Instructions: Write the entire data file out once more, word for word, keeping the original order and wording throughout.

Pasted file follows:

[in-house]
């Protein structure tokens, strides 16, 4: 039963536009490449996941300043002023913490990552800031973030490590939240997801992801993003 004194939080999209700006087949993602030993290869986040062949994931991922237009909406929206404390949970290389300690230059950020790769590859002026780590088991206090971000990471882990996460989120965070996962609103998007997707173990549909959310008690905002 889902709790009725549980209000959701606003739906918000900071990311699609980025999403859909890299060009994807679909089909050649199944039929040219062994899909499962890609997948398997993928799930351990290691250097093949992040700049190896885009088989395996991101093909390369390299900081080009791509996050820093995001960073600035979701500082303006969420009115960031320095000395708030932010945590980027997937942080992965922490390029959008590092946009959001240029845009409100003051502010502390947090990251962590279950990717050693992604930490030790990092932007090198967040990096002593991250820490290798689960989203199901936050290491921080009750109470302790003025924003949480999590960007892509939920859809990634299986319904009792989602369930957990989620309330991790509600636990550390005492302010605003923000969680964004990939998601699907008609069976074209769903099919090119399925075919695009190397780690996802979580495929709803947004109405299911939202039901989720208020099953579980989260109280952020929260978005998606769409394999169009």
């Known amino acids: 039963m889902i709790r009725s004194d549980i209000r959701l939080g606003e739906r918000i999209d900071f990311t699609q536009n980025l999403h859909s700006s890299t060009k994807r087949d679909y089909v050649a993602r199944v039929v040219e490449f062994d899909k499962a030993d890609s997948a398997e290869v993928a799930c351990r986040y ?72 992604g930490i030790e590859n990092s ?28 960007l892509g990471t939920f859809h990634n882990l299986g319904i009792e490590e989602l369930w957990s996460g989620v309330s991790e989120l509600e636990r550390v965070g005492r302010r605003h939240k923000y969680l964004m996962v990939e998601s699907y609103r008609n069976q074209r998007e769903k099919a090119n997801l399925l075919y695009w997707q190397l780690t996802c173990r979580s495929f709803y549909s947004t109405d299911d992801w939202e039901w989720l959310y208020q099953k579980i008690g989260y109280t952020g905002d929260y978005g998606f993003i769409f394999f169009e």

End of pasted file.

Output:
[in-house]
């Protein structure tokens, strides 16, 4: 039963536009490449996941300043002023913490990552800031973030490590939240997801992801993003 004194939080999209700006087949993602030993290869986040062949994931991922237009909406929206404390949970290389300690230059950020790769590859002026780590088991206090971000990471882990996460989120965070996962609103998007997707173990549909959310008690905002 889902709790009725549980209000959701606003739906918000900071990311699609980025999403859909890299060009994807679909089909050649199944039929040219062994899909499962890609997948398997993928799930351990290691250097093949992040700049190896885009088989395996991101093909390369390299900081080009791509996050820093995001960073600035979701500082303006969420009115960031320095000395708030932010945590980027997937942080992965922490390029959008590092946009959001240029845009409100003051502010502390947090990251962590279950990717050693992604930490030790990092932007090198967040990096002593991250820490290798689960989203199901936050290491921080009750109470302790003025924003949480999590960007892509939920859809990634299986319904009792989602369930957990989620309330991790509600636990550390005492302010605003923000969680964004990939998601699907008609069976074209769903099919090119399925075919695009190397780690996802979580495929709803947004109405299911939202039901989720208020099953579980989260109280952020929260978005998606769409394999169009």
């Known amino acids: 039963m889902i709790r009725s004194d549980i209000r959701l939080g606003e739906r918000i999209d900071f990311t699609q536009n980025l999403h859909s700006s890299t060009k994807r087949d679909y089909v050649a993602r199944v039929v040219e490449f062994d899909k499962a030993d890609s997948a398997e290869v993928a799930c351990r986040y ?72 992604g930490i030790e590859n990092s ?28 960007l892509g990471t939920f859809h990634n882990l299986g319904i009792e490590e989602l369930w957990s996460g989620v309330s991790e989120l509600e636990r550390v965070g005492r302010r605003h939240k923000y969680l964004m996962v990939e998601s699907y609103r008609n069976q074209r998007e769903k099919a090119n997801l399925l075919y695009w997707q190397l780690t996802c173990r979580s495929f709803y549909s947004t109405d299911d992801w939202e039901w989720l959310y208020q099953k579980i008690g989260y109280t952020g905002d929260y978005g998606f993003i769409f394999f169009e």